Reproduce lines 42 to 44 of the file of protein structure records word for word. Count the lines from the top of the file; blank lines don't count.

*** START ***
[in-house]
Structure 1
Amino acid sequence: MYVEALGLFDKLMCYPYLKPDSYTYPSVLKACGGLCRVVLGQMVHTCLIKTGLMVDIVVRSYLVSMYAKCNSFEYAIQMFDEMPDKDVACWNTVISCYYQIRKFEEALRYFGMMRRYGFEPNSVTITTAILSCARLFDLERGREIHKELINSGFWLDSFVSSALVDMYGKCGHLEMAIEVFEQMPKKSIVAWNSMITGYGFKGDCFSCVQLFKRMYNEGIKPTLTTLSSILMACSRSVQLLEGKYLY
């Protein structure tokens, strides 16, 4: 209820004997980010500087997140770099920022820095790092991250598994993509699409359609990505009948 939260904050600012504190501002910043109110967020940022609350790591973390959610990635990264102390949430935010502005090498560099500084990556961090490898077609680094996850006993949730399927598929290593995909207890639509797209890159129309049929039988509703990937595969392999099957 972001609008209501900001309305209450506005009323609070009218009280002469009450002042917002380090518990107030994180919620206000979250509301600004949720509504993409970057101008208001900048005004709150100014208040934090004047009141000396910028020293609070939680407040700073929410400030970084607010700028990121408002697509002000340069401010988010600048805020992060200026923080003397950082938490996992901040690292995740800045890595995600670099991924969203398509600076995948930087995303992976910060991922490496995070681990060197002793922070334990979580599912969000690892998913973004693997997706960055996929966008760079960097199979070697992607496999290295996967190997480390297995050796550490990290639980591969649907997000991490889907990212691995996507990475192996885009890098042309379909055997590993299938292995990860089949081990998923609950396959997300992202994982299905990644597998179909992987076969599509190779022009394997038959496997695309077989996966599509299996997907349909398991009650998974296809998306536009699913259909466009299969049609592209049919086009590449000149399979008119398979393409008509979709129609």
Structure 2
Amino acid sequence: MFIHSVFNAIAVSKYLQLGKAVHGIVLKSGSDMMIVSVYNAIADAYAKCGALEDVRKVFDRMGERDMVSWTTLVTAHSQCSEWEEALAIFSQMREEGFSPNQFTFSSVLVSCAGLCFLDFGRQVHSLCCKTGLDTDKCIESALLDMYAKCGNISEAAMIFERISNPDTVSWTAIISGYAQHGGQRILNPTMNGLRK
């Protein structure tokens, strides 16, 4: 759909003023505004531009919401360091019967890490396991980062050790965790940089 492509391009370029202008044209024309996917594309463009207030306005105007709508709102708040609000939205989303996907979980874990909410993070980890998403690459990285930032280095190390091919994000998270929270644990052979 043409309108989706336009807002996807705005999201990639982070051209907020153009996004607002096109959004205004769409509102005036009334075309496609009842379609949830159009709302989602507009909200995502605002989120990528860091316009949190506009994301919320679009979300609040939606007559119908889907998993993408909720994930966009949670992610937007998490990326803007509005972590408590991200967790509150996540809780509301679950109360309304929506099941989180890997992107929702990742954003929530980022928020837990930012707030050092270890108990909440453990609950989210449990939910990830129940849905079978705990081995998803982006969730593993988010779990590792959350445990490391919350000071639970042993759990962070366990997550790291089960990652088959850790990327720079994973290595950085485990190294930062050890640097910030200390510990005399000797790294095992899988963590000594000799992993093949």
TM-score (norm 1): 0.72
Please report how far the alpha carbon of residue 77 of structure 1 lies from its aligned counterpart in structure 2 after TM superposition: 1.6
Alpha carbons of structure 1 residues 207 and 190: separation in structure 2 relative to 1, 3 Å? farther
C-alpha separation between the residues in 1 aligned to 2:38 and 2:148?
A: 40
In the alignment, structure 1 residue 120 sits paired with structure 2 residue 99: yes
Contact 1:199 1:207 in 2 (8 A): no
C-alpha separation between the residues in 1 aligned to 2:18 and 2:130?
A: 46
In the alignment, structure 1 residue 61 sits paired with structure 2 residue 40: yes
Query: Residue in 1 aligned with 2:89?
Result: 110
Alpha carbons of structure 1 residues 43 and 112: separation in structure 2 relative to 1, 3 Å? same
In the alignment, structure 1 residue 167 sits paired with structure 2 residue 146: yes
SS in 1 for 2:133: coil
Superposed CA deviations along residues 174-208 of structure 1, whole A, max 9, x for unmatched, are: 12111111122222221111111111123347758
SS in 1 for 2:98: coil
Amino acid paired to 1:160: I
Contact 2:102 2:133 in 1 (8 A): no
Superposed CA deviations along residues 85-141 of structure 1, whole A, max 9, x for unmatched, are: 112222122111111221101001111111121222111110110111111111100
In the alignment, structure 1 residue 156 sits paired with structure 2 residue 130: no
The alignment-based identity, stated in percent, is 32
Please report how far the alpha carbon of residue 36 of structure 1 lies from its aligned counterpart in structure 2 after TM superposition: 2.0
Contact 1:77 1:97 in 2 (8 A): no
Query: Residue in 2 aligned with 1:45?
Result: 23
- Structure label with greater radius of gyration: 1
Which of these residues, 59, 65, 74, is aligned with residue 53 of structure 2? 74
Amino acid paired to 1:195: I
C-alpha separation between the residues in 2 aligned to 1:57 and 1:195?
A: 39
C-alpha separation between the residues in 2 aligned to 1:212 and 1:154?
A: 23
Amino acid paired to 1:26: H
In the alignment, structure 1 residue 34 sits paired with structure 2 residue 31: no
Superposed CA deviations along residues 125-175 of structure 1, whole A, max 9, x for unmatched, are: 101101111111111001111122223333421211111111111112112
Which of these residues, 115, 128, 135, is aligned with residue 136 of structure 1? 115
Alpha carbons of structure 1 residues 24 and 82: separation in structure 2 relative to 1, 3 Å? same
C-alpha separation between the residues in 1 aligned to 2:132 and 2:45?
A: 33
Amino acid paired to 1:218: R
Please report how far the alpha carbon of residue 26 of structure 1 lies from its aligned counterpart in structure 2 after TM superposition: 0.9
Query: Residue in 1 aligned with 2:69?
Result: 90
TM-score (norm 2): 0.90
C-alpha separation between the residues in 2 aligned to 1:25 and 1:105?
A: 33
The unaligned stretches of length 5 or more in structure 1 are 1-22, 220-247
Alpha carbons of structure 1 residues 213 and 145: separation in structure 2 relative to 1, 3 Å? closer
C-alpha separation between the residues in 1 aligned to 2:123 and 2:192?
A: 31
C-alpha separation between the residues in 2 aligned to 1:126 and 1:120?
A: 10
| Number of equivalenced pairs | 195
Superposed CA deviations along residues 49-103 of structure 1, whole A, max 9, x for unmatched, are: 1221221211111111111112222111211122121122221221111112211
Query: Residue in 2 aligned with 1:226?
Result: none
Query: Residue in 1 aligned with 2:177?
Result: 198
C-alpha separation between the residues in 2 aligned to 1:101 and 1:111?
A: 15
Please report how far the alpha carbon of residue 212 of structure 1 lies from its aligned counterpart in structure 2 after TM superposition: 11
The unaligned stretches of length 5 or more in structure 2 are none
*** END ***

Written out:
In the alignment, structure 1 residue 34 sits paired with structure 2 residue 31: no
Superposed CA deviations along residues 125-175 of structure 1, whole A, max 9, x for unmatched, are: 101101111111111001111122223333421211111111111112112
Which of these residues, 115, 128, 135, is aligned with residue 136 of structure 1? 115